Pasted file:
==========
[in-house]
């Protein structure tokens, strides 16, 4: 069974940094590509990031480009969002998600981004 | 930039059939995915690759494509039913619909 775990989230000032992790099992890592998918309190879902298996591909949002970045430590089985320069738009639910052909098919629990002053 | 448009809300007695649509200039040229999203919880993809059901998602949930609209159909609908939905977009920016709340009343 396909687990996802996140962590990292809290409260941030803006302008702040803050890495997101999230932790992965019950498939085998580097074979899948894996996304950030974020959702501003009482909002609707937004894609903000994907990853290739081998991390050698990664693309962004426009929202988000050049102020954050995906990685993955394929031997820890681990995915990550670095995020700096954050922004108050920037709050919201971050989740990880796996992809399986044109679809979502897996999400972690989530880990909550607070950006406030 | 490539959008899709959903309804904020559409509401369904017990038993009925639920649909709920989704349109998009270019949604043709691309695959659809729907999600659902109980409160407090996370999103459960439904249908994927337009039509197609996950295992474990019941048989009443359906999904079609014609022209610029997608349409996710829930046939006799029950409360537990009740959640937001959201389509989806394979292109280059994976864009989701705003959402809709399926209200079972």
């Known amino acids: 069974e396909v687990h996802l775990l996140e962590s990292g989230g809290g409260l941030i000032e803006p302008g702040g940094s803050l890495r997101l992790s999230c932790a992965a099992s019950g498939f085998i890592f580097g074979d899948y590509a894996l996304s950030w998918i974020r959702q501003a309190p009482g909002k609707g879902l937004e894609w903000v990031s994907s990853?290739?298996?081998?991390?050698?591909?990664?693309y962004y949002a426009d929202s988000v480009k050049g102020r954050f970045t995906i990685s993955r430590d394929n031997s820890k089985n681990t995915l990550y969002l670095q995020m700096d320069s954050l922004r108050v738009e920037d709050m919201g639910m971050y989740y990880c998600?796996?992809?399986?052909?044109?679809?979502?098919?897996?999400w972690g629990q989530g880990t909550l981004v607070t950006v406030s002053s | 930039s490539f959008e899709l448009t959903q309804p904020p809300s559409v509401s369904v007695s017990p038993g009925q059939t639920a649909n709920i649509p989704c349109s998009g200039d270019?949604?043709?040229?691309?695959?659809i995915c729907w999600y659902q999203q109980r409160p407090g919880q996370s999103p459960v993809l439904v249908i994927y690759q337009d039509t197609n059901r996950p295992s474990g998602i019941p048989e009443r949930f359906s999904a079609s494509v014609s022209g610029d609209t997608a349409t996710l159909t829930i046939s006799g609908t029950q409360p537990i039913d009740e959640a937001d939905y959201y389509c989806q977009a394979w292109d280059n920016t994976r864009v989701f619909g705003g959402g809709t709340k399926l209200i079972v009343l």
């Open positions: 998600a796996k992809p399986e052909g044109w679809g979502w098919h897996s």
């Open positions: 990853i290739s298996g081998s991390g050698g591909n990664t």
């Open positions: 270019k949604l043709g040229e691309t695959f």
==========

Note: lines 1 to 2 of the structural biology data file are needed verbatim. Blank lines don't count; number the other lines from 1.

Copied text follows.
[in-house]
């Protein structure tokens, strides 16, 4: 069974940094590509990031480009969002998600981004 | 930039059939995915690759494509039913619909 775990989230000032992790099992890592998918309190879902298996591909949002970045430590089985320069738009639910052909098919629990002053 | 448009809300007695649509200039040229999203919880993809059901998602949930609209159909609908939905977009920016709340009343 396909687990996802996140962590990292809290409260941030803006302008702040803050890495997101999230932790992965019950498939085998580097074979899948894996996304950030974020959702501003009482909002609707937004894609903000994907990853290739081998991390050698990664693309962004426009929202988000050049102020954050995906990685993955394929031997820890681990995915990550670095995020700096954050922004108050920037709050919201971050989740990880796996992809399986044109679809979502897996999400972690989530880990909550607070950006406030 | 490539959008899709959903309804904020559409509401369904017990038993009925639920649909709920989704349109998009270019949604043709691309695959659809729907999600659902109980409160407090996370999103459960439904249908994927337009039509197609996950295992474990019941048989009443359906999904079609014609022209610029997608349409996710829930046939006799029950409360537990009740959640937001959201389509989806394979292109280059994976864009989701705003959402809709399926209200079972």